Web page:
The gender pay gap gets a lot of press. However, it doesn’t get the same amount of action. The gender pay gap in Australia has teetered between 14 – 19% for over twenty years. What is it going to take to move this from conversation to action? One word. Leadership!
There is irrefutable evidence that the gender pay gap exists in Australia. However every time I post on social media or write an article about the existence of the gender pay gap, I will receive at least a couple of messages or emails either disputing that the pay gap exists or questioning why women deserve to be paid equally. Or worse (trolls!) My response to this reaction ranges from having a #facepalm moment right through to being infuriated. The inequity women face is the situation that drives me, but the outright discrimination and in some cases misogyny, is what really upsets me. But I carry on nonetheless.
Leading from the front on issues that matter, like equality, is familiar territory for me. Lets face it, it’s what I do for a living. Now, I want it to be familiar territory for more of us. Every single person can make a difference, however, for those of us in the privileged position of leadership, we have the opportunity to consider how we can be mindful, deliberate and purposeful about pay equality.
Easy to say and obvious to some, but some say more difficult to tackle. When men take home $26,527 (15.3%) a year more than women, for similar work, then there is an endemic problem and from a business leaders perspective, a problem that must be tackled.
Cause and Effect
The gender pay gap is influenced by a number of factors, including:
- discrimination and bias in hiring and pay decisions
- women and men working in different industries and different jobs, with female-dominated industries and jobs attracting lower wages
- women’s disproportionate share of unpaid caring and domestic work
- lack of workplace flexibility to accommodate caring and other responsibilities, especially in senior roles
- women’s greater time out of the workforce impacting career progression and opportunities.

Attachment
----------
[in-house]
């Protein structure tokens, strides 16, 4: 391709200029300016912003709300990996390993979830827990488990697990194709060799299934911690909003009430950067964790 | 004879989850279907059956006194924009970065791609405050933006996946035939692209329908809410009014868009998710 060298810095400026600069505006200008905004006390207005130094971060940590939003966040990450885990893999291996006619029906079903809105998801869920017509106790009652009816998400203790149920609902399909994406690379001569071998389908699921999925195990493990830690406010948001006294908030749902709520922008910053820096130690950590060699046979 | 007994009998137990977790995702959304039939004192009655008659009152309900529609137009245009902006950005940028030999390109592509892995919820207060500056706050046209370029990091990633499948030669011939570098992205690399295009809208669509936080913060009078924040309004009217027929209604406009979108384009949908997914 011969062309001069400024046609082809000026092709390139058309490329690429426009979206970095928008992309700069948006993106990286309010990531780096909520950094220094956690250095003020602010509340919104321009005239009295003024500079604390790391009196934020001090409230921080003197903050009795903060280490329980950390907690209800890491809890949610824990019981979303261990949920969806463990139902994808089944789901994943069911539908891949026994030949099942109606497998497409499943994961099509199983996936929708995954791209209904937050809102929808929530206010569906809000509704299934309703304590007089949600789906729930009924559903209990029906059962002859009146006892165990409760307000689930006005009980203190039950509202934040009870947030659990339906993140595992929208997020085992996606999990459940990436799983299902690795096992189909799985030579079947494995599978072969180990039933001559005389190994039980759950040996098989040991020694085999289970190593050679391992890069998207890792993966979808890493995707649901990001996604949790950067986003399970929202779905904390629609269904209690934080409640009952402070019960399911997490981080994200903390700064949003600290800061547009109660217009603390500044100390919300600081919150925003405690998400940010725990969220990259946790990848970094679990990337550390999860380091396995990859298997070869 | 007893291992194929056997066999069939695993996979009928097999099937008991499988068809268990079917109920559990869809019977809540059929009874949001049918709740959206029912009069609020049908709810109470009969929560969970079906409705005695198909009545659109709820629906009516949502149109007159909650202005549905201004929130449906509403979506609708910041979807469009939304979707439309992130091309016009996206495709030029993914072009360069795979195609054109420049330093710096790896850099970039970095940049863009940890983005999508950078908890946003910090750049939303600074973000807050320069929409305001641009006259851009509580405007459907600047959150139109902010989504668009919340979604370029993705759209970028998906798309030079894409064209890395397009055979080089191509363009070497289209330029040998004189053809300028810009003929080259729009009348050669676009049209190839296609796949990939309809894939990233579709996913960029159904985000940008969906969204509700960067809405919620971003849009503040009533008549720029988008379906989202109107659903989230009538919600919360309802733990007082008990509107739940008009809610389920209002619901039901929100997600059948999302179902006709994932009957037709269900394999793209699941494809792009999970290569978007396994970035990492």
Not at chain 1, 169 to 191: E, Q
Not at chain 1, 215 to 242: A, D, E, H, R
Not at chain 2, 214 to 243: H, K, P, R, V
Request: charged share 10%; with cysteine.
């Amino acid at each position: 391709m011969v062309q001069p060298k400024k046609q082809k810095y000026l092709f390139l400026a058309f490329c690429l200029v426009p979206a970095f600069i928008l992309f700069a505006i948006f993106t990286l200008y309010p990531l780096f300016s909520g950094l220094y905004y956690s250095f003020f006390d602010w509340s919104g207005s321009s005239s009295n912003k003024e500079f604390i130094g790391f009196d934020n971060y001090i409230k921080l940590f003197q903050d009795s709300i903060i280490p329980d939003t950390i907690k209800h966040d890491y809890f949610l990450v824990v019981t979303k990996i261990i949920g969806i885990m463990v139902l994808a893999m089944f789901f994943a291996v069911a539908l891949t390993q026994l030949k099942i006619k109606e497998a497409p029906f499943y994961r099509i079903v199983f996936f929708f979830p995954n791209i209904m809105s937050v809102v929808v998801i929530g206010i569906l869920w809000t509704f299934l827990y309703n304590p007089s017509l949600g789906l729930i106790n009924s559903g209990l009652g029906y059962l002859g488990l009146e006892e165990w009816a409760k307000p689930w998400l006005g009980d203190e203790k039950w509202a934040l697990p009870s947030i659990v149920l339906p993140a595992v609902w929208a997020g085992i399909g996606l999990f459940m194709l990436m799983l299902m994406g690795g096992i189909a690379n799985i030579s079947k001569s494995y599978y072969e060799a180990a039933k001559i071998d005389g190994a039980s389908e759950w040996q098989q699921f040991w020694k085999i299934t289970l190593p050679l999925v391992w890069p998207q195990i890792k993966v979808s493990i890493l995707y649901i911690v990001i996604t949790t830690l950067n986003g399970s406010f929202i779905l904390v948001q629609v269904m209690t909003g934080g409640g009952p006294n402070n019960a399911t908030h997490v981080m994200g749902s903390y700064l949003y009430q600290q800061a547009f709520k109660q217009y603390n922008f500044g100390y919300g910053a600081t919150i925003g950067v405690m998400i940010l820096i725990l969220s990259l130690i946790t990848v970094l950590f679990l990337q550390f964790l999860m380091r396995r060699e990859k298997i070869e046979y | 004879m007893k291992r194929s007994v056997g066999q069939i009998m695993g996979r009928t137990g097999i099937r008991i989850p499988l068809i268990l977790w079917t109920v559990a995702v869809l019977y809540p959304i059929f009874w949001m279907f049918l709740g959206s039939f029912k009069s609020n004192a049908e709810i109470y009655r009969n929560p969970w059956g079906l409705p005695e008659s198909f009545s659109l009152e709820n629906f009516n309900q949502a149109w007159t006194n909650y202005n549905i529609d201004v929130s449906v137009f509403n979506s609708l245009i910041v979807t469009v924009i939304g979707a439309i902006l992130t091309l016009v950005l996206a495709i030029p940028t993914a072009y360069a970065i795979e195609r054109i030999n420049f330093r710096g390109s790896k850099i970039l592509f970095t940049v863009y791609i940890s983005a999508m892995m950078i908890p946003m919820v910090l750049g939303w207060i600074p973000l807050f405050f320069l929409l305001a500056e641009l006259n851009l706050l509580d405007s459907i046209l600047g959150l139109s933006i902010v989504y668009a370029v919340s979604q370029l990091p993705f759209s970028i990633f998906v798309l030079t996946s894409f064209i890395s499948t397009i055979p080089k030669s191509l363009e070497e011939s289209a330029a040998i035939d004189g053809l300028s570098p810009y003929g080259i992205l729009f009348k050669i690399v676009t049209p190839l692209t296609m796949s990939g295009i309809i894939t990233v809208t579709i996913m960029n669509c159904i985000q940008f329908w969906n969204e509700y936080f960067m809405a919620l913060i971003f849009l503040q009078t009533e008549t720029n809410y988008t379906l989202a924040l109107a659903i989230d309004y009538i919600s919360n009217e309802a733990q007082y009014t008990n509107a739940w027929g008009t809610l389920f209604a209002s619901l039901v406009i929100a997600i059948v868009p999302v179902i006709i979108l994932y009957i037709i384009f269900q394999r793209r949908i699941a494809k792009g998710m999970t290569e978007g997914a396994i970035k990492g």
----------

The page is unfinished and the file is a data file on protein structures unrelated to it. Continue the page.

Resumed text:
– Source WGEA
The impact of closing the gender pay gap is women’s poverty rates decreasing from ~8% to ~3% and the number of children of women in poverty being reduced by more than half.
Closing the gender pay gap is good for the economy too. A report by academic Rebecca Cassells suggests that the gender wage gap has a substantial effect on Australia’s economic performance. If the gender wage gap was eliminated entirely, there would be a $93 billion or 8.5 per cent positive kick to GDP. $93B!
Anyone who has worked with me at Advancing Women, read my posts or social media knows that I am high on action and low on conversation. Especially when there is fairness, equity and $93B at stake! With that in mind, here is what leaders can do to address gendered financial inequality in their environment:
- Who is paid what? Time to gather facts and data. Look at your employees performing like for like roles and compare their wages. Then compare this against their gender. Whats the gap?
- Why? Invoke your curiosity or manage like a 2-year-old and ask a lot of why questions. Why do we have a gender pay gap? Why do our female employees get paid less than men? Why don’t we have equal numbers of women in leadership at all levels? Why haven’t we done something about this?
- LBWA: Leadership by walking around. Or Leadership by checking in with the people who are experiencing the pay gap. I suggest trying the 5x5x5 model.
- Select 5 women in your organisation at all levels.
- Book in 5 coffee meetings with them.
- Ask each woman 5 questions about your workplace, from their perspective.
- Contact me if you want my leaders guide.
- What if? Think about your workplace. Ask yourself:
- What if Gender Pay Equality was a high priority in your organisation?
- What if regular Gender Pay Gap audits of your workplace were conducted?
A Winning Strategy for Women
Managing and mitigating the risk that the gender pay gap represents for an organisations is of paramount importance. It’s why leaders ask me to do what I do for them. To advise them how to start or accelerate deliberate, mindful and purposeful actions that are effective. And, by effective, I mean they are crystal clear that they want to create an environment where women and men are paid fairly and equally.
The old saying is that a fish rots from the head. Leaders can choose whether their organisation is going to rot or flourish from the head. The data is clear, its irrefutable. When leaders get deliberate, mindful and purposeful about their strategy to close the gender pay gap, then everyone wins.
I’d love to talk to more leaders about how to get deliberate, mindful and purposeful about gender equality. (By the way, deliberate, mindful and purposeful is my polite code for get sh*t done about gender equality!) Contact me to discuss where your organisation is at and how I can help.